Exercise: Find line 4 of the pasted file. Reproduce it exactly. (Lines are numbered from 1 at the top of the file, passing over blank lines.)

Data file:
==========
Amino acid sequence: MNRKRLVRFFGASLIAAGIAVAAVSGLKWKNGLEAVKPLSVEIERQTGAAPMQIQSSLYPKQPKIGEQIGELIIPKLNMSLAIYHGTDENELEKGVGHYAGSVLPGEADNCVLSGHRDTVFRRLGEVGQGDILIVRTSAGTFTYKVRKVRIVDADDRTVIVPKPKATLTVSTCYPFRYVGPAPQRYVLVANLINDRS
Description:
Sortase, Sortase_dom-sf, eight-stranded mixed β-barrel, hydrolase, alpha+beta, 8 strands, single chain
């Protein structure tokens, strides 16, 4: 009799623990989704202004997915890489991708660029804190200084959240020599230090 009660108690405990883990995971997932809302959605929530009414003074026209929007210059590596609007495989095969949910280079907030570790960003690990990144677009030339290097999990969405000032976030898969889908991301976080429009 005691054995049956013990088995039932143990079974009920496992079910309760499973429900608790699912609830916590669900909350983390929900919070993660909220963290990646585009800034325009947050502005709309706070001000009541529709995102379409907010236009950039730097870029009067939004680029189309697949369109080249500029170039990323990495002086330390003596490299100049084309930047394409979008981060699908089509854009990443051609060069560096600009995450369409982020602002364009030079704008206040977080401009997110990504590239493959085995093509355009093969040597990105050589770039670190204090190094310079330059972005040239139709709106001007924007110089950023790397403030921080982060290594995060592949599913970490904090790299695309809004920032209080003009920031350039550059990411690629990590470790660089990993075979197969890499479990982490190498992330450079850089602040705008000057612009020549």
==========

């Protein structure tokens, strides 16, 4: 009799623990989704202004997915890489991708660029804190200084959240020599230090 009660108690405990883990995971997932809302959605929530009414003074026209929007210059590596609007495989095969949910280079907030570790960003690990990144677009030339290097999990969405000032976030898969889908991301976080429009 005691054995049956013990088995039932143990079974009920496992079910309760499973429900608790699912609830916590669900909350983390929900919070993660909220963290990646585009800034325009947050502005709309706070001000009541529709995102379409907010236009950039730097870029009067939004680029189309697949369109080249500029170039990323990495002086330390003596490299100049084309930047394409979008981060699908089509854009990443051609060069560096600009995450369409982020602002364009030079704008206040977080401009997110990504590239493959085995093509355009093969040597990105050589770039670190204090190094310079330059972005040239139709709106001007924007110089950023790397403030921080982060290594995060592949599913970490904090790299695309809004920032209080003009920031350039550059990411690629990590470790660089990993075979197969890499479990982490190498992330450079850089602040705008000057612009020549």